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The other day, apropos the photograph of Gerry Adams meeting Nelson Mandela, I was asked to explain the significance of the objects on Adam's lapel, so I thought I'd share the information with you. The round silver emblem is a fainne (ring), which signals competence in oral Irish and has no political significance. The little green ribbons are the symbol of the Saoirse (freedom) campaign, which calls for the immediate release of IRA prisoners: Adams's propaganda in South Africa was so effective that all the young Afrikaners in his protection unit were wearing them.

Today Northern Ireland will see the launch of a light blue ribbon to be worn by campaigners for the Families of the Disappeared - people whose loved ones were abducted and murdered by the IRA and who want their remains back so they can bury them decently. I doubt Adams will be wearing the blue ribbon: it would make his lapel too cluttered.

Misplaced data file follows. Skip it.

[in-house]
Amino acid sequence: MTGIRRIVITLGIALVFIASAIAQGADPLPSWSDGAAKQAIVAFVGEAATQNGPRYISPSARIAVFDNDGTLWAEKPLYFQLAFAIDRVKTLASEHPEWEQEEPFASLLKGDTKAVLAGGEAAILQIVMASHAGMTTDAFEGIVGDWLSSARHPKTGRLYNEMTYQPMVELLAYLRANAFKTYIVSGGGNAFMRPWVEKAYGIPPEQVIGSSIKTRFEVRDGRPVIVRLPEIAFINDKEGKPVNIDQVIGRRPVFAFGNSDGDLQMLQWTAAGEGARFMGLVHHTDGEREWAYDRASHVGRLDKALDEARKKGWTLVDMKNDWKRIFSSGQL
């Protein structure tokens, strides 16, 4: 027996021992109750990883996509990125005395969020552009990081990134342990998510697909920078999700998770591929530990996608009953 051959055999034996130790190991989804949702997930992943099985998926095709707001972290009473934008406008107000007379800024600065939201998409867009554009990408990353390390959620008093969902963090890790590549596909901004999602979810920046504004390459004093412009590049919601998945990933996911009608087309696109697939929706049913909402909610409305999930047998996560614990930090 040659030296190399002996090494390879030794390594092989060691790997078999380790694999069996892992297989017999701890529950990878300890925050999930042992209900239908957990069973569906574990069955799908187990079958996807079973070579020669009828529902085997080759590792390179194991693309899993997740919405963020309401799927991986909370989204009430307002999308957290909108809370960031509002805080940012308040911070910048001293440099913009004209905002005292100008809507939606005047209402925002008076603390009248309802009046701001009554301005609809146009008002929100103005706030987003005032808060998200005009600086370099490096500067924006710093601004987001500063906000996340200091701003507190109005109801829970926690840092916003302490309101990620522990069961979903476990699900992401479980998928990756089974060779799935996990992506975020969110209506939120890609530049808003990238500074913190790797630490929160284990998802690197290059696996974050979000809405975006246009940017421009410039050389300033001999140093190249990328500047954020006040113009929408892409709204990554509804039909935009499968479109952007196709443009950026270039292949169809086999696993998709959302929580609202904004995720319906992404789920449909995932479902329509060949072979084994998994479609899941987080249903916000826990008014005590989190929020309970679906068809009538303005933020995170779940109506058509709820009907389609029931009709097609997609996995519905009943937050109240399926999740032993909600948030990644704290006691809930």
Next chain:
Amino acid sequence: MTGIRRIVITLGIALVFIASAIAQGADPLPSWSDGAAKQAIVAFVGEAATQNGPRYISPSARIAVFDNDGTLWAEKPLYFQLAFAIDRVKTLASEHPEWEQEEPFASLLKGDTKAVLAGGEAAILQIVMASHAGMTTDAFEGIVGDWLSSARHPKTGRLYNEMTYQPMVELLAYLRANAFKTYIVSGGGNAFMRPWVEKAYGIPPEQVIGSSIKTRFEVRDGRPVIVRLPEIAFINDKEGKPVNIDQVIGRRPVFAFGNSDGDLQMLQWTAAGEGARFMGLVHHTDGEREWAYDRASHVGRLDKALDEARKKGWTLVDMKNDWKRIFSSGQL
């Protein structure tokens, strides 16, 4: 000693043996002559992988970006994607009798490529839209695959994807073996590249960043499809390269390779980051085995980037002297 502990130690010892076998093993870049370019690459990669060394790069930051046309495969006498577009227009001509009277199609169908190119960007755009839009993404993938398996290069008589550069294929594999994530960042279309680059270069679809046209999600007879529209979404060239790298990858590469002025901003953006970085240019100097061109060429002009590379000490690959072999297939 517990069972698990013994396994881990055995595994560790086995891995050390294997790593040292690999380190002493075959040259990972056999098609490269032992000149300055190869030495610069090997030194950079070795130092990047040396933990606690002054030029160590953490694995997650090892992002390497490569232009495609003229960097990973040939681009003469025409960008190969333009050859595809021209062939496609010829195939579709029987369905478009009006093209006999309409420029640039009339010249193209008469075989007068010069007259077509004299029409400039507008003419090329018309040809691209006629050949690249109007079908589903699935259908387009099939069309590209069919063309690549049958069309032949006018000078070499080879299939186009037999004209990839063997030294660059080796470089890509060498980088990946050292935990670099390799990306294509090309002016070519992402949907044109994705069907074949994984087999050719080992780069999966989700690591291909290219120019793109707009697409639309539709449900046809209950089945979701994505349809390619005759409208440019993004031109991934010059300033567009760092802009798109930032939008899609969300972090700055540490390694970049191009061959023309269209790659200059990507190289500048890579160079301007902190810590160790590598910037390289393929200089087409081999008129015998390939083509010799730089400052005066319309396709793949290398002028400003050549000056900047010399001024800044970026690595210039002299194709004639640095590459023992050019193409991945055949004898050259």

I had a few virtuous catching-up days early last week. I dealt with outstanding jobs, such as grinding out an article for a German academic journal relating to a book I wrote 10 years ago (a classic example of the request you agree to six months ahead but forget about until two days before you have to deliver). On Wednesday I became mildly stir-crazy and needed an excuse to walk in the sun, so I decided I must buy a hat for an imminent wedding (not mine). So I set off on a charity-shop crawl, which instead of a hat yielded a first edition of a history book my father gave me for my fifth birthday. Called Kings and Things, it was of the genre that inspired 1066 And All That, and was written in no-nonsense, brisk, good-humoured nanny style with plenty of moral judgements. Henry V, for instance, scores well for having a lovely smile and nice ways, and being good at Ruling, but was given "One Bad Mark. It's rather a Big Black Mark. He had no Business to go Conquering in France."